Georgian Public Broadcaster’s board: gradual reform instead of replacement - საერთაშორისო გამჭვირვალობა - საქართველო

Georgian Public Broadcaster’s board: gradual reform instead of replacement

02 April, 2013

The questions whether or not the Georgian Public Broadcaster’s (GPB) board should be fully replaced and how the public broadcaster’s independence can be improved and protected in the future are at the center of a debate about changes to broadcasting legislation.

A draft law that is currently discussed in Parliament, if passed, would result in the sacking of the GPB’s current board and would likely trigger the reorganization of the broadcaster’s top management. We recognize that the GPB has been underperforming in many aspects. The board has failed to exercise sufficient financial oversight; it has not been able to promote programming that would send a clear message that the GPB only serves the public and not political interests; and it has not ensured that staff is protected from undue outside influence.

Thus, calls to replace the whole board are understandable. But we believe such a step by Parliament could set a dangerous precedent of new parliamentary majorities replacing the leadership of the GPB. What would stop the next government from doing the same, and to bring in people that are more receptive to requests and interventions by those political leaders? As a result of such a precedent, board members and executives of the GPB – and of other government entities that are supposed to be politically neutral – might perceive that their jobs are at stake when political majorities change, making them more vulnerable to political interventions.

A recent analysis (conducted on behalf of the OSCE Freedom of the Media Representative) of proposed amendments to the law on broadcasting also hinted that a gradual replacement of board members under new appointment rules is preferable to a full replacement of the board.

TI Georgia’s proposal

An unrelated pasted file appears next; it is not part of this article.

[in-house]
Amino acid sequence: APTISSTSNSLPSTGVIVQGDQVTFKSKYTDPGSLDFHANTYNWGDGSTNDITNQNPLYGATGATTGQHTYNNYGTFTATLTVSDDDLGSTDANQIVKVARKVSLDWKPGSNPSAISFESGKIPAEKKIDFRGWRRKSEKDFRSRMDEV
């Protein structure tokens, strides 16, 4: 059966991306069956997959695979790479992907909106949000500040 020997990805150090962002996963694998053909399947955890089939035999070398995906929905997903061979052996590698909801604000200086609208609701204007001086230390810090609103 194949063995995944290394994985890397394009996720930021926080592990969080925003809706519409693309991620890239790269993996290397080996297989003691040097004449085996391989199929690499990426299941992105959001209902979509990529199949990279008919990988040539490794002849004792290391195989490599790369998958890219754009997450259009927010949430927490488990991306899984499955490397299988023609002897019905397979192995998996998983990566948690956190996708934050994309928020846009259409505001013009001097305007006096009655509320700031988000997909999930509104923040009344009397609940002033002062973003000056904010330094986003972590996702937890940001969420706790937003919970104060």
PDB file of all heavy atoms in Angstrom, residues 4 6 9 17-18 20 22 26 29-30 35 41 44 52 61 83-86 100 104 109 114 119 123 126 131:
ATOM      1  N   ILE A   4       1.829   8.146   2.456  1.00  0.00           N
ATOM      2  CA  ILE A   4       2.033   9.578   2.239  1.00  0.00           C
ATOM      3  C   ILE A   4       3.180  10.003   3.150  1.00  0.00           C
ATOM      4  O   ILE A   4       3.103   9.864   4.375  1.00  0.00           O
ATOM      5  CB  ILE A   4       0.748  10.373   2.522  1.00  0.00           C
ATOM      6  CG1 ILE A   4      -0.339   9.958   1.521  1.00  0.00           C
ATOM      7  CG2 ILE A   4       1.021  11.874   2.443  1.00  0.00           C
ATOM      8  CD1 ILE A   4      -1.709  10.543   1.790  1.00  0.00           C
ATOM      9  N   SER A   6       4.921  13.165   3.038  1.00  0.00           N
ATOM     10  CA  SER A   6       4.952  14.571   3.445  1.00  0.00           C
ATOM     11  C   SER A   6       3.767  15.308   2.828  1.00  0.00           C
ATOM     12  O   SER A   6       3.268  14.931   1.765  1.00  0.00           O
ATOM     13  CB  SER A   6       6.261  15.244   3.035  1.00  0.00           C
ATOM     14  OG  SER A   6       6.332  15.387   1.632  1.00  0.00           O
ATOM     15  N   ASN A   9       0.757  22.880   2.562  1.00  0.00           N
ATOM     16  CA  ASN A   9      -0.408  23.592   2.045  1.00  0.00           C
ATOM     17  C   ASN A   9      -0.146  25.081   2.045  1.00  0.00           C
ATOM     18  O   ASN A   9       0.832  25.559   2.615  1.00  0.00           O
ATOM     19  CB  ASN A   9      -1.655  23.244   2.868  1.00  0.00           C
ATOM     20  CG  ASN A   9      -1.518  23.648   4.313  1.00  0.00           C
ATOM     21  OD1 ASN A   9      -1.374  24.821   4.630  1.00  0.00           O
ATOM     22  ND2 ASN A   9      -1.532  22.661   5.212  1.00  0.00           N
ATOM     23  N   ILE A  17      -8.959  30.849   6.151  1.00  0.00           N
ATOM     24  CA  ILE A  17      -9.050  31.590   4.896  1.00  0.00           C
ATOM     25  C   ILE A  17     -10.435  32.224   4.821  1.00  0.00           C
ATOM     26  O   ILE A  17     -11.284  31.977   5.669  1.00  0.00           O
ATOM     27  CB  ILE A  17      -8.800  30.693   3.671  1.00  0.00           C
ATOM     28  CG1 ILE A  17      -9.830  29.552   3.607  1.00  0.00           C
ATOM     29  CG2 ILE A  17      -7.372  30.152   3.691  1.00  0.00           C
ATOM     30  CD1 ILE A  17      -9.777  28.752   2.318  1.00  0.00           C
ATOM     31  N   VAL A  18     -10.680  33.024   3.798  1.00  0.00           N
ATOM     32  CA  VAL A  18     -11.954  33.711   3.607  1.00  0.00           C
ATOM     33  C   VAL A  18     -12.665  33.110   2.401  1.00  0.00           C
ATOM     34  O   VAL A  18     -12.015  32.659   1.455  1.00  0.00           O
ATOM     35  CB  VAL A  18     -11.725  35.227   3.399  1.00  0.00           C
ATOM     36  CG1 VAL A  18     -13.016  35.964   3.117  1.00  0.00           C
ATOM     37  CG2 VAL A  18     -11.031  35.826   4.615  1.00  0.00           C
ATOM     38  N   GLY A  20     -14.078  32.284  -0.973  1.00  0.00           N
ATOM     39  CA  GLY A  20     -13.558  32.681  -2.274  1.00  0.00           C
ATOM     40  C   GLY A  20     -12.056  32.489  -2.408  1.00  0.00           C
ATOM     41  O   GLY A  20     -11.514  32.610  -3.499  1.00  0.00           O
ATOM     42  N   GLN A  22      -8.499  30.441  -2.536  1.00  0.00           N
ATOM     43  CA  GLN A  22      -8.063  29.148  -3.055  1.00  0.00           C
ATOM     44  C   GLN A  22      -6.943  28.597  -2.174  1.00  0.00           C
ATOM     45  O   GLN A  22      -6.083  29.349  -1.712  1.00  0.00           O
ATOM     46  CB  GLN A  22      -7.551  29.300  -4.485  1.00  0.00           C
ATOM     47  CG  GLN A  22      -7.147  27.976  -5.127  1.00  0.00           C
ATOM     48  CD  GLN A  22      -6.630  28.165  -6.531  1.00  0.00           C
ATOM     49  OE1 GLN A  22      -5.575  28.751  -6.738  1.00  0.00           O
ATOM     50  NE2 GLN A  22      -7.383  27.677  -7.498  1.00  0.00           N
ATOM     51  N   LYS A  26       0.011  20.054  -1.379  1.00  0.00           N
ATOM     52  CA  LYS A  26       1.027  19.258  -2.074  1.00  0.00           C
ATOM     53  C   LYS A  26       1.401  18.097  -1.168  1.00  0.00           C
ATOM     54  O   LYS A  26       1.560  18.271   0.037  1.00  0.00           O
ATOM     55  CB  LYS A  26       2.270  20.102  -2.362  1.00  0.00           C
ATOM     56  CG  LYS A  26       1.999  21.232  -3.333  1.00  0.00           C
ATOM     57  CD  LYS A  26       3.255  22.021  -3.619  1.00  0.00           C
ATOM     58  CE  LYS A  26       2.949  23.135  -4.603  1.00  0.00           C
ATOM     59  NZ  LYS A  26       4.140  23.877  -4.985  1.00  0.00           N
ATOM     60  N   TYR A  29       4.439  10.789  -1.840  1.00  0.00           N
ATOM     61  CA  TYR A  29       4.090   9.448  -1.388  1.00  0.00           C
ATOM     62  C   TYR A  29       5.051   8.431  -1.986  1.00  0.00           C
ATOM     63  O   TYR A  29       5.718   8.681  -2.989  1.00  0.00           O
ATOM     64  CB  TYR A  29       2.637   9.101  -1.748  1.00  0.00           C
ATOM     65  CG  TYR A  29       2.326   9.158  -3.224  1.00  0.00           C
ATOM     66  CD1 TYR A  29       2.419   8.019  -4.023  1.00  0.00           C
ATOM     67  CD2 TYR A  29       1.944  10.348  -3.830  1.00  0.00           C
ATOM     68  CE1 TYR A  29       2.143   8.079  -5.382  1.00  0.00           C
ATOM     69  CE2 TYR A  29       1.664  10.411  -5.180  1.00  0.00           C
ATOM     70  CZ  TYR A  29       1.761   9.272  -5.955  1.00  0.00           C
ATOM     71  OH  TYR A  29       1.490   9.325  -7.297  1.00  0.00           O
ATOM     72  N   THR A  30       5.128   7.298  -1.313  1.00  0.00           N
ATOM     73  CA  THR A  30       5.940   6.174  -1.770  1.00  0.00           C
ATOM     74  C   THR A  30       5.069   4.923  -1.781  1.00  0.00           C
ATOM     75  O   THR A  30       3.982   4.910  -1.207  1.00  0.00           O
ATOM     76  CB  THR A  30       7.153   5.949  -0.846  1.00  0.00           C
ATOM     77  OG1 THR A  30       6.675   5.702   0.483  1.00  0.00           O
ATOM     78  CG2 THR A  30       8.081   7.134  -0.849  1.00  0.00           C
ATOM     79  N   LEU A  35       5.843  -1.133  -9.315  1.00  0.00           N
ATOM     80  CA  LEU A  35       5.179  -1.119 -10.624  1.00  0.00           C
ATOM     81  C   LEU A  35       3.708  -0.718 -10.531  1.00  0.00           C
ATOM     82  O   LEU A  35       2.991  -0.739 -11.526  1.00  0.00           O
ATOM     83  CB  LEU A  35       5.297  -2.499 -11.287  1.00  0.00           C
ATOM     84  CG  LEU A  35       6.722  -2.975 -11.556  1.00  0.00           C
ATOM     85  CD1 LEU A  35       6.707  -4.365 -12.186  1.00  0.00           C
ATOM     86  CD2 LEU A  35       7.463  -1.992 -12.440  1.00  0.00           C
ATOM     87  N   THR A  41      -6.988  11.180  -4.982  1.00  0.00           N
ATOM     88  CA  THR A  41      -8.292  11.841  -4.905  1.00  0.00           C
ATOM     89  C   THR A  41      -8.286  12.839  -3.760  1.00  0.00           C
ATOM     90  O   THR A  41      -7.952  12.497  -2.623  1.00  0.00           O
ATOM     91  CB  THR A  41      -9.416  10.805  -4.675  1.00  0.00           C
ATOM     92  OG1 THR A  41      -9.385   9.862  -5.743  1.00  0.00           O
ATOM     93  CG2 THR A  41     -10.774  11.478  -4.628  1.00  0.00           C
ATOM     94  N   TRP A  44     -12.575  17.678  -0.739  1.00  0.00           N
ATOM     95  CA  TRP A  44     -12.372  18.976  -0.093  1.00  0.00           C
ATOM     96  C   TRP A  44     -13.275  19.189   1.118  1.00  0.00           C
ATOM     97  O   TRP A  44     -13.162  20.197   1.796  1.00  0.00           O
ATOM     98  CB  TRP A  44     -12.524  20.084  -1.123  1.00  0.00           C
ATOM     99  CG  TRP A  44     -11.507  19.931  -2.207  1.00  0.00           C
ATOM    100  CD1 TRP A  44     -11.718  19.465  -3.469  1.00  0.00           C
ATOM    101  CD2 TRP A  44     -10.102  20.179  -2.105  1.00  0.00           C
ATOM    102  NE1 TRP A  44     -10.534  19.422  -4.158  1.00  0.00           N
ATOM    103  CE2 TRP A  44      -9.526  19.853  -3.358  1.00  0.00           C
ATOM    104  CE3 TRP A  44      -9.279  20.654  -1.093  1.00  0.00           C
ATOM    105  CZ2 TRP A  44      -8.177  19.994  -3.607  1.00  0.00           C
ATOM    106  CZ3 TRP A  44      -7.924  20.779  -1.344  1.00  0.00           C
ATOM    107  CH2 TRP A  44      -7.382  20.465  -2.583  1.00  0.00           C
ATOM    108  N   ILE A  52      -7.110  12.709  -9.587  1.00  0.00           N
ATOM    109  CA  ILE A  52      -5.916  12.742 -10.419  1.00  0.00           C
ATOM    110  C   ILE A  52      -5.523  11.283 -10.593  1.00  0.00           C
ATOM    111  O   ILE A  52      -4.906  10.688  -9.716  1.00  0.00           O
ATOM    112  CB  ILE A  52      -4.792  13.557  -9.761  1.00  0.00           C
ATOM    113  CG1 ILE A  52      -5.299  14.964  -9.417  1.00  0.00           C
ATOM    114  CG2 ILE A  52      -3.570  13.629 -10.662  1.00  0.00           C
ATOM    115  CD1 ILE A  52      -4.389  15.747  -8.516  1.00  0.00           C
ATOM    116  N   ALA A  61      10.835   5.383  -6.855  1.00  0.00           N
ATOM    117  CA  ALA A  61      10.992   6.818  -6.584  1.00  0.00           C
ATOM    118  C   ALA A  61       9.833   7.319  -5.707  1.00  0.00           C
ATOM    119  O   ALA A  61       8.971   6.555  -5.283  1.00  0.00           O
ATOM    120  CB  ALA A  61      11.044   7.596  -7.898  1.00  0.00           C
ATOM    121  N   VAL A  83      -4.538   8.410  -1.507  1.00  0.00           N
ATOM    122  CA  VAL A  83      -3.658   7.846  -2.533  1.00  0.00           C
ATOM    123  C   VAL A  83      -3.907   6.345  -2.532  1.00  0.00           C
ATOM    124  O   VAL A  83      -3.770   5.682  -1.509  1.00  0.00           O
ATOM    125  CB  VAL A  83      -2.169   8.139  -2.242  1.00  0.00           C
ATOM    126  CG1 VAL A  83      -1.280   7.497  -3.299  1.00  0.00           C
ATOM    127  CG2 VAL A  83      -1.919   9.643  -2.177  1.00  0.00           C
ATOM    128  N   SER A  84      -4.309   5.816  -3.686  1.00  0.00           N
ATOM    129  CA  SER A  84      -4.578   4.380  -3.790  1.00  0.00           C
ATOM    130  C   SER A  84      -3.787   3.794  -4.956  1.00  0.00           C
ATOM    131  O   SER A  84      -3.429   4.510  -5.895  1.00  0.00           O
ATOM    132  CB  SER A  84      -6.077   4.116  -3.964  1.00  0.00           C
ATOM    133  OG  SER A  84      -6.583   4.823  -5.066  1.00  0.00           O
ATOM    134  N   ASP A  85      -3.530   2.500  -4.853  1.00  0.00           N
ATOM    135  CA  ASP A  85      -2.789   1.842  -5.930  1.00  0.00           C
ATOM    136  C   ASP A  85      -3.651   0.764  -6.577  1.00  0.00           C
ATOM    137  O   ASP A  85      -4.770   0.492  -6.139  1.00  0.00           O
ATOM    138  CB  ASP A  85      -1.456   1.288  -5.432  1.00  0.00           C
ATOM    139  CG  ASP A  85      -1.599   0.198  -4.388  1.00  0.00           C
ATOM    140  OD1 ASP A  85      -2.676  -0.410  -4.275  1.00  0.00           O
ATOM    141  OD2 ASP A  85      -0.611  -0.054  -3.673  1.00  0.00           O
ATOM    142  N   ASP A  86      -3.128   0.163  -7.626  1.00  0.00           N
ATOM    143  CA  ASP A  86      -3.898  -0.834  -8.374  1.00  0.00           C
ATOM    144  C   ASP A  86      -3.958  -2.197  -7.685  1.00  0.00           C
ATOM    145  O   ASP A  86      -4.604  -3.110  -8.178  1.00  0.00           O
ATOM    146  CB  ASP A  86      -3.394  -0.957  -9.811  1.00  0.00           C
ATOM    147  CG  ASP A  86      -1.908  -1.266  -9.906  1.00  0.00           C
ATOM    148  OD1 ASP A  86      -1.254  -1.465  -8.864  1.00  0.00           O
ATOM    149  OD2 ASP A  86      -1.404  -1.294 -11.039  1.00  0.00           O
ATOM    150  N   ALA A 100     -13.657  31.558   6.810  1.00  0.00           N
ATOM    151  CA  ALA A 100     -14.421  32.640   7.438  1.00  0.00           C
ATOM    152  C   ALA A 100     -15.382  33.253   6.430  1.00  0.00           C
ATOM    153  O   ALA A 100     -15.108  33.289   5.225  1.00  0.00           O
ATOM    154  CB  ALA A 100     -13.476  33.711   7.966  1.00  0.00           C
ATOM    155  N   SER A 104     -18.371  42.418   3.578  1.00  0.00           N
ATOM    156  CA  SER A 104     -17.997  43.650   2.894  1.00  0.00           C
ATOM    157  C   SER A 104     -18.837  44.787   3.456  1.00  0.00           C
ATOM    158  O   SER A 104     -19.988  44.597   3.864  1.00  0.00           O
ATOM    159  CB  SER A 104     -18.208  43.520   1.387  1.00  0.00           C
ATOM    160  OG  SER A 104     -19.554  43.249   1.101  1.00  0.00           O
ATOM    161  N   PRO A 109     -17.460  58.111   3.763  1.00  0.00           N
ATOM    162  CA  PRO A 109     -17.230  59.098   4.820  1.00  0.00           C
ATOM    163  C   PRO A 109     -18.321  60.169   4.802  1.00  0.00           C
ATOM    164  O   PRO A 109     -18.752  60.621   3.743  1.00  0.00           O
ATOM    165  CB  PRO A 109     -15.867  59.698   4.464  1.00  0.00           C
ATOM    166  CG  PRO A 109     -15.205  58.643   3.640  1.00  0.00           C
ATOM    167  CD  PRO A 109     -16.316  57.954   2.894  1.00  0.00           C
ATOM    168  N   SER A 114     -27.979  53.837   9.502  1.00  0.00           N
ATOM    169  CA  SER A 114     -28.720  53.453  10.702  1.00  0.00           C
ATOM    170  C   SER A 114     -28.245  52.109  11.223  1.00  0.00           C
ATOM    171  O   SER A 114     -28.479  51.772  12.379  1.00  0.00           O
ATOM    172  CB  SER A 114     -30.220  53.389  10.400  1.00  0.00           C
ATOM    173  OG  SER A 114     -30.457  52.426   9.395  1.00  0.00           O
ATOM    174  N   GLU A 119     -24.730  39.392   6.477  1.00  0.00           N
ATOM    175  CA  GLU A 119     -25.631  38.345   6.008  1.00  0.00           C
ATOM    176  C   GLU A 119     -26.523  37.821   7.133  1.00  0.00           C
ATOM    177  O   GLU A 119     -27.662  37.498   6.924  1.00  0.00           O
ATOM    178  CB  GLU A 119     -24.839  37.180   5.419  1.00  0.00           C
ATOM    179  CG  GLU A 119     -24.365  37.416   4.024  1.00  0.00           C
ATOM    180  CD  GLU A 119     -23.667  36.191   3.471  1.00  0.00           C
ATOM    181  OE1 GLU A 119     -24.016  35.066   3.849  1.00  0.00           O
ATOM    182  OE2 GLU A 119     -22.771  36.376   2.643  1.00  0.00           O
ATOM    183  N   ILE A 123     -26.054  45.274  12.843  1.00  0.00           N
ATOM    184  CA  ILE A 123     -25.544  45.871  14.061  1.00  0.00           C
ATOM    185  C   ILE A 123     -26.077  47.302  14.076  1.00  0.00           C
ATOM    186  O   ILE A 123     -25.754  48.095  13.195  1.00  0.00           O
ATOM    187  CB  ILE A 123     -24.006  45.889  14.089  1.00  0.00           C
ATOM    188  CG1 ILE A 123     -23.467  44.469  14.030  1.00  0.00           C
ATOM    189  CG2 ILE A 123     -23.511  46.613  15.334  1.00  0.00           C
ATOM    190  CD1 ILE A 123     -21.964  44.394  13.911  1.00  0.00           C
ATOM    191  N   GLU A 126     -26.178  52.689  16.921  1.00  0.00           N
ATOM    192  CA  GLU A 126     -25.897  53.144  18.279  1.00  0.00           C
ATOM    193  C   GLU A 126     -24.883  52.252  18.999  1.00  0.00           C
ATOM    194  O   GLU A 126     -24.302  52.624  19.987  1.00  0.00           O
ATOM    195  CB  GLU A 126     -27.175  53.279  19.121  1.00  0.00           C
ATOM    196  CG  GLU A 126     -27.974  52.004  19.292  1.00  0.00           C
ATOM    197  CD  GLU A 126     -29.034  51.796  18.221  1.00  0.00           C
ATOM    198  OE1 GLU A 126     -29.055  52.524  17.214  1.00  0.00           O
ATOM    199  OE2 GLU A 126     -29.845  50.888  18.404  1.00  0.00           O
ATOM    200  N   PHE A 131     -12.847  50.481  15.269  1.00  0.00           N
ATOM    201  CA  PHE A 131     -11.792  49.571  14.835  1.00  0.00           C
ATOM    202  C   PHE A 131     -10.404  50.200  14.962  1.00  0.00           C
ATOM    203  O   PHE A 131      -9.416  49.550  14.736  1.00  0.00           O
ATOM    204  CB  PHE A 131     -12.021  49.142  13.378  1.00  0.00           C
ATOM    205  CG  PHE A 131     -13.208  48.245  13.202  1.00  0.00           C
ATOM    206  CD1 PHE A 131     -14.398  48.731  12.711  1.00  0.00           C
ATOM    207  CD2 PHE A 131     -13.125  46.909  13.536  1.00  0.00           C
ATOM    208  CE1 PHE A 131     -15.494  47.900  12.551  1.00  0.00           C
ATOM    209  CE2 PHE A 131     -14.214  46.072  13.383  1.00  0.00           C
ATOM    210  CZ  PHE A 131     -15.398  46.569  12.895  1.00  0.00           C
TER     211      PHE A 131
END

We suggest the following model to appoint new board members for discussion, which we hope would produce highly qualified candidates:

  • All board seats are filled through a competition to which any Georgian citizen can apply who has wide public trust, higher education and at least 5 years of work experience.
  • In addition to existing conflict of interest rules, we suggest that people who have within the past year performed any paid work for any Georgian broadcaster, as well as individuals who have within the past 3 years been a member of a political party or have performed any paid work or service for a political party cannot participate in the process.
  • The Speaker of the Parliament sets up a permanent parliamentary commission to pre-select candidates. This commission consists of one representative of each parliamentary fraction, including the chairman of the committee of education, science and culture who also acts as the commission’s chairman.
  • This commission invites candidates to present their views and answer questions at a public hearing.  
  • In a public session, the commission selects at least three candidates for each vacant seat with a ⅔ majority.
  • Parliament then votes separately on each of the shortlisted candidates. The candidate with the most votes, but no less than 50% of the vote, is appointed.

Rather than being fully replaced, Parliament would select new board members as terms of current members run out over the coming months. Because the selection requires political compromise between different fractions of Parliament, we hope that it would produce a diverse board with members that are not controlled by or closely affiliated with any political group.

Currently, two seats of the 15 member board are vacant. Four more members are finishing their terms by September 1, 2013. Thus, applying a gradual process would not undermine efforts to implement urgently needed reforms at the GPB.


The G-MEDIA program is made possible by support from the American people through USAID. The content and opinions expressed herein are those of Transparency International Georgia and do not reflect the views of the U.S. Government, USAID or IREX.


Author: TI Georgia